Kansas University officials are about to take a major step toward making the area near 19th and Iowa streets the research center of campus.
Work will begin soon on a new $40 million, 106,000-square foot research building on west campus that is designed specifically to get scientists from different fields to talk to one another.
"I don't believe we have a building on campus that even begins to address researchers' interaction," said George Wilson, associate vice provost for research.
Most research buildings have labs that line hallways, with offices either inside labs or next to them.
The Multidisciplinary Research Building will be constructed as a triangle, with labs down two hallways and clusters of offices at the end of each of the three stories. The space between the two hallways will be shared research space and gathering areas.
Leonard Krishtalka, director of the Natural History Museum and Biodiversity Center, said issues such as global warming can only be solved using multidisciplinary techniques.
"If you're just going to be on a campus and communicate by e-mail or telephone, it's not as effective," he said. "It requires a great deal of the human face-to-face exchange that contributes so much to research breakthroughs."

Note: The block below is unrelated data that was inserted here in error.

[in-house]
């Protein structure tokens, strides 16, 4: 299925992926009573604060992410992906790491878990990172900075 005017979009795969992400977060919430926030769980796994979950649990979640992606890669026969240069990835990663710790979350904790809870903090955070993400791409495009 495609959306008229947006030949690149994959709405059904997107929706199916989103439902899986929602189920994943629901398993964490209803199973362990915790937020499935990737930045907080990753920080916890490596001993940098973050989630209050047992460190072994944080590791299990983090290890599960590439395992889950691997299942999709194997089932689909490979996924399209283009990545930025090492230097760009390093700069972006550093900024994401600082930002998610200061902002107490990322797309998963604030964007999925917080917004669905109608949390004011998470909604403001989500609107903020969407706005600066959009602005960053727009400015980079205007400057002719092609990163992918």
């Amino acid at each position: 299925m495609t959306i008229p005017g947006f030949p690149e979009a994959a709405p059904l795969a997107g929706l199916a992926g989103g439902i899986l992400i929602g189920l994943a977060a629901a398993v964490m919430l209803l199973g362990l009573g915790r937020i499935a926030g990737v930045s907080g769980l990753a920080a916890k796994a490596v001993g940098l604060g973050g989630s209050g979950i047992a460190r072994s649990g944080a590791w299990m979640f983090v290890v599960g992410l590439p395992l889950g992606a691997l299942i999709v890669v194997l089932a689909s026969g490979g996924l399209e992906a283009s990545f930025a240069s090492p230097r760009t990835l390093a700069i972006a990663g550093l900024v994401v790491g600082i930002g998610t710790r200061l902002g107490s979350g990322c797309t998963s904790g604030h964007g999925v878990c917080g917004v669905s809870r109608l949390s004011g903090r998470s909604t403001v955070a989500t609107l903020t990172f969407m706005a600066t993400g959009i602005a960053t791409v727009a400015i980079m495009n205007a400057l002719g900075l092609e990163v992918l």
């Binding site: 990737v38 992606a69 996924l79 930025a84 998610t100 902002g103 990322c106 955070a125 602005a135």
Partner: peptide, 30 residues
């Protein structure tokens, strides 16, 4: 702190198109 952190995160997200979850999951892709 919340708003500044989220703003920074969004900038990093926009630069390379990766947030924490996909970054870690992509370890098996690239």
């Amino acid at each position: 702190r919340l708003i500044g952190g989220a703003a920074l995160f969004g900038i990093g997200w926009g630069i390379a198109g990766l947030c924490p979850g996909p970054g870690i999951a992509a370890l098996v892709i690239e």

The building, slated for completion in December 2005, is being designed by Cannon Design in St. Louis. It will be built by J.E. Dunn in Kansas City, Mo.
Warren Corman, university architect, said the new building will serve much the same purpose as the labs KU purchased near 15th Street and Wakarusa Drive, which allowed the university to pursue additional federal grants. That space, in the former Oread Labs facility, is now full.
"We're so short of space for research that we can't get some of the federal grants we'd be able to get otherwise," Corman said.
Wilson said the building's occupants have yet to be determined. However, the labs are being built with few permanent walls or specific requirements, which will allow for changes in research over the years.
The building will be funded by bonds that will be paid off by operating funds from the KU Center for Research. For each grant awarded to a KU researcher, a certain percentage is earmarked for administration and facilities for the entire university.
Wilson said the building was put on the fast track because KU is preparing to renegotiate the percentage it receives for administration and facilities from the federal government. Currently, that percentage is 44.5.
Having the building completed by December 2005 will allow KU to claim it spends more of the money on facilities, with hopes of negotiating more money for infrastructure.
"We're excited things are moving ahead," Wilson said. "Although it's kind of a forced move, I think it can have a big impact on recruiting faculty to KU."